For More Information   For additional information on binary file access, see "Open Statement."

Hope this helps
"These mechanisms will eventually be phased out in favor of the FSO object "

Total BS. They can't get rid of them for reasons of backward compatibility. Thank Bill.
I can possibly give pointers on a couple of these;

2) use strCommandLine = Command()

This will return a string containing the arguments sent to the application, you will then need to chop the string up on commas/spaces etc to get individual arguments, there is an example of this in help, look up "Command Function" in the index

4) For binary read write, you need to open the file for binary and use binary read and write commands:

Dim ary100Chars() As Byte

Open "MyFile.bin" For Binary Access Write As #1
ary100Chars = InputB (100,#1)
Close #1

will get the first 100 characters from the file.
But caraf_g has given you much, much more info than me, never mind I will try to be quicker next time!
1) is it possible to make console programs with VB6
No, use VC++ or other.  VB requires some of the Windows support programs.

2) how do I read the stdin and write to the stdout in a console program in VB6
You don't read or write in that way.  You create a text-box (or other equal) and either write to it or allow the user to write to it.

3) how can I get the command line arguments in VB6 (I tried the Win32 GetCommandLine function, without success)
There is a VB command called "Command" which will fetch the command line parameters for you.

4) how can I read and write binaries structures in files (seems that the open - print / write - close functions does not allow it)
One of the "open" parameters for files is "BINARY" to allow you to read/write binary data.

5) When I call the function ReadFile, the VB program crashes with the following Application Error message:
The instruction at "ox653432bc" referenced memory at "0x000000008". The memory could not be "read".
What happens?
Sounds like you passed an un-initialized parameter.  Thats a reference to a part of memory that shouldn't have any program data.
>1) is it possible to make console programs with VB6
Yes. See Goto Samples, smpConsole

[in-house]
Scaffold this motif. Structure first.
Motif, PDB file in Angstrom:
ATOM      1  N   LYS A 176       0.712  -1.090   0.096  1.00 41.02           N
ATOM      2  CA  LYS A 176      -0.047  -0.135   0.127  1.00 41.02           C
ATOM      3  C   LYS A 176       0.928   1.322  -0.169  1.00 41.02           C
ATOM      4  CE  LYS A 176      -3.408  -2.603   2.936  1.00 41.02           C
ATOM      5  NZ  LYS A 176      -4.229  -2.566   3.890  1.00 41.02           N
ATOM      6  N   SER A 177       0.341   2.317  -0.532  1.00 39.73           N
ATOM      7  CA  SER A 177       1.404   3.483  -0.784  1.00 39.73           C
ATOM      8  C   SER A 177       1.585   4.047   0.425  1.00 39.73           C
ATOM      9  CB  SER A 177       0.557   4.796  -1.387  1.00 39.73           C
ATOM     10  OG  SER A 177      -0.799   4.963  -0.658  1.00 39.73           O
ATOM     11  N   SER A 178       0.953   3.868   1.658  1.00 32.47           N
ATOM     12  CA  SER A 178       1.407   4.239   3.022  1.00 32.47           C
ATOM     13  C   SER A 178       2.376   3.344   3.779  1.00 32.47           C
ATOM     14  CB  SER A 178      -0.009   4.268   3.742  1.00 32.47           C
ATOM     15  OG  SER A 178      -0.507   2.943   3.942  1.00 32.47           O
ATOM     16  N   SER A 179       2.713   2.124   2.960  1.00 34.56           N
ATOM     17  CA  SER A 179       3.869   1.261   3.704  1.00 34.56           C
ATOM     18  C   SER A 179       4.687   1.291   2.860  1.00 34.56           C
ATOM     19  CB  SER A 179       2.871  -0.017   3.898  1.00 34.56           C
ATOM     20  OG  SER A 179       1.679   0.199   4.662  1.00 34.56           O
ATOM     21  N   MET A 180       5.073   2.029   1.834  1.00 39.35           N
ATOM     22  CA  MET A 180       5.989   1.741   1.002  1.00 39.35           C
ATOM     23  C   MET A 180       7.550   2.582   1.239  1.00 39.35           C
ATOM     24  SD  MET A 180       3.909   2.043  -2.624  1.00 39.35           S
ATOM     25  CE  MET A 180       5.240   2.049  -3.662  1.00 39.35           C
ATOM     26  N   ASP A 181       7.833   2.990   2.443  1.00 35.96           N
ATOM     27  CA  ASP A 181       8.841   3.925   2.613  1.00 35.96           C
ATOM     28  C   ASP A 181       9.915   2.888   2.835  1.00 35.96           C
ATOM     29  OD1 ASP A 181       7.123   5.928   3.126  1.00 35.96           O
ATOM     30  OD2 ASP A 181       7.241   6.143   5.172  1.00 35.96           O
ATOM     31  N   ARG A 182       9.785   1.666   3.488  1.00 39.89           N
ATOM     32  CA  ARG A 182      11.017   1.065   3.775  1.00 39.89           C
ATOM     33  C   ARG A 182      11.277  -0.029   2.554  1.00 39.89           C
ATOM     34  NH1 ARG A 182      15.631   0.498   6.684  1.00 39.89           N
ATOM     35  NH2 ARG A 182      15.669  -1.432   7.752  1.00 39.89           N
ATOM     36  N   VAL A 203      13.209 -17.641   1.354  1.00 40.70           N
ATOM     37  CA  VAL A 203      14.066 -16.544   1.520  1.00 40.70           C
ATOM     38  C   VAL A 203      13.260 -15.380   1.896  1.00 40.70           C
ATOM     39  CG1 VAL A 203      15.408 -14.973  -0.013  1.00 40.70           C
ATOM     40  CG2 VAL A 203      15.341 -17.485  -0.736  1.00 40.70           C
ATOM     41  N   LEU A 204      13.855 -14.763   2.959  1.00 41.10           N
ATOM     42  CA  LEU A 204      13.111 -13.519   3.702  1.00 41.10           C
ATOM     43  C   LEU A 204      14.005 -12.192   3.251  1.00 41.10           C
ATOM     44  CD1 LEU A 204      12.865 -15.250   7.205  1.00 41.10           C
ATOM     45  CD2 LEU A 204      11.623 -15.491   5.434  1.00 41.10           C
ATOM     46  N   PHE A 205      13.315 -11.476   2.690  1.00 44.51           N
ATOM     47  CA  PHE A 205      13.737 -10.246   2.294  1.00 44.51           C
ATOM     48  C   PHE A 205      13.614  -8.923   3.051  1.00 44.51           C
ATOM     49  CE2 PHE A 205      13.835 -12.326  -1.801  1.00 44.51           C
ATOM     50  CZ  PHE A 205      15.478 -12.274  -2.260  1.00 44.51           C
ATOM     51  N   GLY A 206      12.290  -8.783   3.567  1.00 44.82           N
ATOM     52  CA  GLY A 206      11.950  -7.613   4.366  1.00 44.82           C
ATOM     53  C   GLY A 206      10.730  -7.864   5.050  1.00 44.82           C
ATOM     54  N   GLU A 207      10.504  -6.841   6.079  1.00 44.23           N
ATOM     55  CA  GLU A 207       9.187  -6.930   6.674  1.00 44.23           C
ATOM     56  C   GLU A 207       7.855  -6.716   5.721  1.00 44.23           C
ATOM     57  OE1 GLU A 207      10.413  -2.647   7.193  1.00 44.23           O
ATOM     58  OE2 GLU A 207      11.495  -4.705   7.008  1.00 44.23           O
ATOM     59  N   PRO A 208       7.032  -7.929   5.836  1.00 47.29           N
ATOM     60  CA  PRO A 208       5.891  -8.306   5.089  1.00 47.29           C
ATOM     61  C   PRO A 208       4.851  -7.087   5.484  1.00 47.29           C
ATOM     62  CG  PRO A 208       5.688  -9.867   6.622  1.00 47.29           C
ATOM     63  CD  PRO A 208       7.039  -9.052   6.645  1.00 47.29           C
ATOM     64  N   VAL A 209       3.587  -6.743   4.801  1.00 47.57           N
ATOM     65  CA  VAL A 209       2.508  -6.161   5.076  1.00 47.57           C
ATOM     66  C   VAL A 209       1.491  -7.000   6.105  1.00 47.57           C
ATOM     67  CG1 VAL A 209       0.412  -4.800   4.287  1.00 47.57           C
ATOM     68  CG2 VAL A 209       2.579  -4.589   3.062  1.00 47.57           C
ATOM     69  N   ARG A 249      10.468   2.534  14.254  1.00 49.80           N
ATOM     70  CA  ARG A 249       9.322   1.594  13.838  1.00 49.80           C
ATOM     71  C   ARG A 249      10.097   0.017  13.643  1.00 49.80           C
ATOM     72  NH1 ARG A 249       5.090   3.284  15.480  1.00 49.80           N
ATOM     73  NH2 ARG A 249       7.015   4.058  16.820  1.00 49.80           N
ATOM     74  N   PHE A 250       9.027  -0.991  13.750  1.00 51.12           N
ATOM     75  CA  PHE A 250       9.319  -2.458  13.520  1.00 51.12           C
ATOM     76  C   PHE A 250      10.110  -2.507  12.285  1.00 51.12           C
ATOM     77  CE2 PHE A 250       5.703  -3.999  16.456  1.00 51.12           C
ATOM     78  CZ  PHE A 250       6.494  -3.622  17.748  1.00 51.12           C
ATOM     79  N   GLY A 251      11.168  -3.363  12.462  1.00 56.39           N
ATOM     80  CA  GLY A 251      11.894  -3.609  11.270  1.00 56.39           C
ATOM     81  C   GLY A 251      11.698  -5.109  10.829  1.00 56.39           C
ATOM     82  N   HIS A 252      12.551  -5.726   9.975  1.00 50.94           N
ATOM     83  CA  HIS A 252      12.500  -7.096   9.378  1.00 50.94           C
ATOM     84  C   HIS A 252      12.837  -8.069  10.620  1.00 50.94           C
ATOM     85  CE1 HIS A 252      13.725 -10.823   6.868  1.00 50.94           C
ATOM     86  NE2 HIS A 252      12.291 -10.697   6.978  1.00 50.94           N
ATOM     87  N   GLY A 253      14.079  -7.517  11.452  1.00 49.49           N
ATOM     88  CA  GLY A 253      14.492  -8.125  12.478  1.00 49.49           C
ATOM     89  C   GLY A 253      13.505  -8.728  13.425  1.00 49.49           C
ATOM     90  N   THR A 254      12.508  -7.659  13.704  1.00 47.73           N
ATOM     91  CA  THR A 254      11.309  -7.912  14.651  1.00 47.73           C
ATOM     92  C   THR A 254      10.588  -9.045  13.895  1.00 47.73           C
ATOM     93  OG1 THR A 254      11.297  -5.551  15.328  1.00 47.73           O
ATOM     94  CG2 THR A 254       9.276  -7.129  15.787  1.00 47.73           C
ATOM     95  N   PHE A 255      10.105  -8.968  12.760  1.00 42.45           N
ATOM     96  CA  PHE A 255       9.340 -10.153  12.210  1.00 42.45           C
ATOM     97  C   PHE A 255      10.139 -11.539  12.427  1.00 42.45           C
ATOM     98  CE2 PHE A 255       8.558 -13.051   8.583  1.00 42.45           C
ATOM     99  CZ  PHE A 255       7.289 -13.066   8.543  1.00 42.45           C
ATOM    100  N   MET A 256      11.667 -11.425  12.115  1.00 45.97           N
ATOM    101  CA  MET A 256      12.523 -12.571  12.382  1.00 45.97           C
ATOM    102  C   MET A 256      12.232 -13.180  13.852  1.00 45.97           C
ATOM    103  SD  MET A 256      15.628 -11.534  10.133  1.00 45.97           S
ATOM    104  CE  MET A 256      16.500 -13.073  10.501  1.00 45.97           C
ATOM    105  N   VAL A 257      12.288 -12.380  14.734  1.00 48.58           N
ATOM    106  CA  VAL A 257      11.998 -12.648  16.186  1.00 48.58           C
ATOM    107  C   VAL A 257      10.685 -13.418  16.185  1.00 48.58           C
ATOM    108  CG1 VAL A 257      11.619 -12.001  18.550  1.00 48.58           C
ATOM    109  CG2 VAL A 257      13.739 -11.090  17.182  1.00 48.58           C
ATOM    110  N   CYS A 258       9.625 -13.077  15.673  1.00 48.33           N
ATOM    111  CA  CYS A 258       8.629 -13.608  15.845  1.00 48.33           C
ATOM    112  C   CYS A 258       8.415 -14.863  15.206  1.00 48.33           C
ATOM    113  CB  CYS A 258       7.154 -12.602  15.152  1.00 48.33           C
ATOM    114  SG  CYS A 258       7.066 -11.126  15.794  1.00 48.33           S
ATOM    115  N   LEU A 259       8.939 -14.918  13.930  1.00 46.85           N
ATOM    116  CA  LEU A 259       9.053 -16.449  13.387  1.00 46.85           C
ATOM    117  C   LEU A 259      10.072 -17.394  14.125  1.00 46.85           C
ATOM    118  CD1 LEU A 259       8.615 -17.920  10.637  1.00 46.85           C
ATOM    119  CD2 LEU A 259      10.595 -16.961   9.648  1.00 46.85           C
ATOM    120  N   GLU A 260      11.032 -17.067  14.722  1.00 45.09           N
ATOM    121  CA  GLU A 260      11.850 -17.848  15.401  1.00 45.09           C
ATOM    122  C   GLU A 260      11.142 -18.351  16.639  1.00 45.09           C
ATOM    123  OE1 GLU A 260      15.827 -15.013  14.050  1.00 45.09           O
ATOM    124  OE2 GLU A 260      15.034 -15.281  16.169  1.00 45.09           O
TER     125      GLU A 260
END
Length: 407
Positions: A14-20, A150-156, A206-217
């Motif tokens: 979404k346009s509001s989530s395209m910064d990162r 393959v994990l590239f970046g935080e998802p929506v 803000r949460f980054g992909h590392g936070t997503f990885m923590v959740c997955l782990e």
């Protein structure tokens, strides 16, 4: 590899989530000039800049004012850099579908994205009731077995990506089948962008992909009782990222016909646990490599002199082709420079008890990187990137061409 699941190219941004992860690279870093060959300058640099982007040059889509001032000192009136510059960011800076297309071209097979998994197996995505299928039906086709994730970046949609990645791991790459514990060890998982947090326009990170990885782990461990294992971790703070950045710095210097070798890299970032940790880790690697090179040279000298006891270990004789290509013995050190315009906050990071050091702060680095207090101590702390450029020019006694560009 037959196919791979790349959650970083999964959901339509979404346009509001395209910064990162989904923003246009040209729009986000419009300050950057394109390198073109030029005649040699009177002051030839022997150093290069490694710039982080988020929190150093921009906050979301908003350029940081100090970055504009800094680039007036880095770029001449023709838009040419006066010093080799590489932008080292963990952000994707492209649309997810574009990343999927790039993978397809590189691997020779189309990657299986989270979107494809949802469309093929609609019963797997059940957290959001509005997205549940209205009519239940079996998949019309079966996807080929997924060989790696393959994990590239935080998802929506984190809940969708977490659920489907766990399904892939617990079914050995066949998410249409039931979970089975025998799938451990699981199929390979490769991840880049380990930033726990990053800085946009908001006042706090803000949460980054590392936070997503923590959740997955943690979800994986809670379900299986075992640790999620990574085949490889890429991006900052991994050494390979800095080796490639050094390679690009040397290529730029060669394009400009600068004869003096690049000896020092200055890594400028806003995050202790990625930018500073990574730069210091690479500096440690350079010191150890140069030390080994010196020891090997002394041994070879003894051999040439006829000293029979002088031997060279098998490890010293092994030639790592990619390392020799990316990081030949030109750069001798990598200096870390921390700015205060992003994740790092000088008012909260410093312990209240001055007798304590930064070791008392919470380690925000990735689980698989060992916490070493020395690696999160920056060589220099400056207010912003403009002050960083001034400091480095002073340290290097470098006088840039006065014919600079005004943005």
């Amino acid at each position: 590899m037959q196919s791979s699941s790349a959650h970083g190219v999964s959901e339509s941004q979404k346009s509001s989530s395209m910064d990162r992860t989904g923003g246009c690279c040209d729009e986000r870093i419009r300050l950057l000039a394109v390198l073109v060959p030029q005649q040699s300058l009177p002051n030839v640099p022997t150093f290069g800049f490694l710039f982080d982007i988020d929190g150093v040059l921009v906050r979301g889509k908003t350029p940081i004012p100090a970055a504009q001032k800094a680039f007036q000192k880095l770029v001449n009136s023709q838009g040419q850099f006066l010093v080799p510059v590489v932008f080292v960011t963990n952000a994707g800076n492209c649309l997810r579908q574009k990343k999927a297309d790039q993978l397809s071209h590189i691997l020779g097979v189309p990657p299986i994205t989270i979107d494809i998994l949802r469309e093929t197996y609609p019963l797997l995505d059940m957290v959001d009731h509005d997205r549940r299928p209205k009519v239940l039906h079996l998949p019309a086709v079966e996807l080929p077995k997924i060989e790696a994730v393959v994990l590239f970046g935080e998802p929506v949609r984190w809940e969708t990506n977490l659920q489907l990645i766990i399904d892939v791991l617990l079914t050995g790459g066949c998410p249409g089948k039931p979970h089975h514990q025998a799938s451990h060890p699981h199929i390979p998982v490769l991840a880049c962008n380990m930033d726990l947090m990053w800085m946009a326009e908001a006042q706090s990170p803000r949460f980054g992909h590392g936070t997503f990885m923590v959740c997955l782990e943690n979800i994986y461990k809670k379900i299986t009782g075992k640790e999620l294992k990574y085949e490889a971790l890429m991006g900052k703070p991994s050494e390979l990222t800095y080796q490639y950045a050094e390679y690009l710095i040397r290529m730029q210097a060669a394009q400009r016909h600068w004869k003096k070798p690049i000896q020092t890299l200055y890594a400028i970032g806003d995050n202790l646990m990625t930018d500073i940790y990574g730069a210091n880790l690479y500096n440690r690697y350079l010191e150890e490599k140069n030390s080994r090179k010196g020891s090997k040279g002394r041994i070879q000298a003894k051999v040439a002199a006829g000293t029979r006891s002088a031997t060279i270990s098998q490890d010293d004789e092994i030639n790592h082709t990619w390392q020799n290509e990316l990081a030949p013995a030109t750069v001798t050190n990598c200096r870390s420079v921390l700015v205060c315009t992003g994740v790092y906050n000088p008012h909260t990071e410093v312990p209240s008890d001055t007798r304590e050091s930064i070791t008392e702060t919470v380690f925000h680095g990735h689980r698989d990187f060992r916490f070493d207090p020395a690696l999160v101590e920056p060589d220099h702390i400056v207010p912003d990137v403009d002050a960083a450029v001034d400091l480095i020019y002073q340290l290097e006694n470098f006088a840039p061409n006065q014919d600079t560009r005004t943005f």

1.  Yes.. you can write console like programs in Visual Basic, but they are not quite as simple as DOS was years ago. To write them in VB, you create a VB program that contains a series of SHELL commands (run program and wait or run asynchroniously).. and then interrogate the result through whatever means, you the programmer decide to use for interprocess communication. Interprocess communications can be as simple as dropping a temporary disk work file that transports program to program information, VB ActiveX.EXE's that can provide virtually direct program callback / return code routines, to using (non native VB) operating system API calls to hook a process's messages. The tools are certainly there.. <smile>.

2.  As windows is a multitasking operating system.. the concept of stdin / stdout as we know it.. no longer exists. You have to write your own graphical interface. Fortunately, writing this in VB is a VERY easy thing to do.. pop up a form in design mode.. add a couple of controls and the logic behind them.. SHELL out your processes and you can have the program report back whatever you like.. with a very professional look and feel.

3.  There are a couple of ways to read  command line parameters.. one.. is to use the Windows API.. <groan>.. or two.. use the VB Command() function.. <smile>.

4.  The best way to read and write user defined data types is to open the file in BINARY mode, and then use Gets and Puts to manuever through it.

    Open filename1 For BINARY ACCESS READ as #1
    Open filename2 For BINARY ACCESS WRITE as #2
    Dim udtBuffer as udtRecordType
    Get #1,,udtBuffer
    Put #2,,udtBuffer

5.  As ReadFile is NOT a VB command, but a user written routine for which I don't have the code.. I have no idea what caused the exception. Could be there was no buffer allocated.. or perhaps it read past EOF.. who knows?
Wow ameba, not bad!
Thanks for checking it, caraf_g.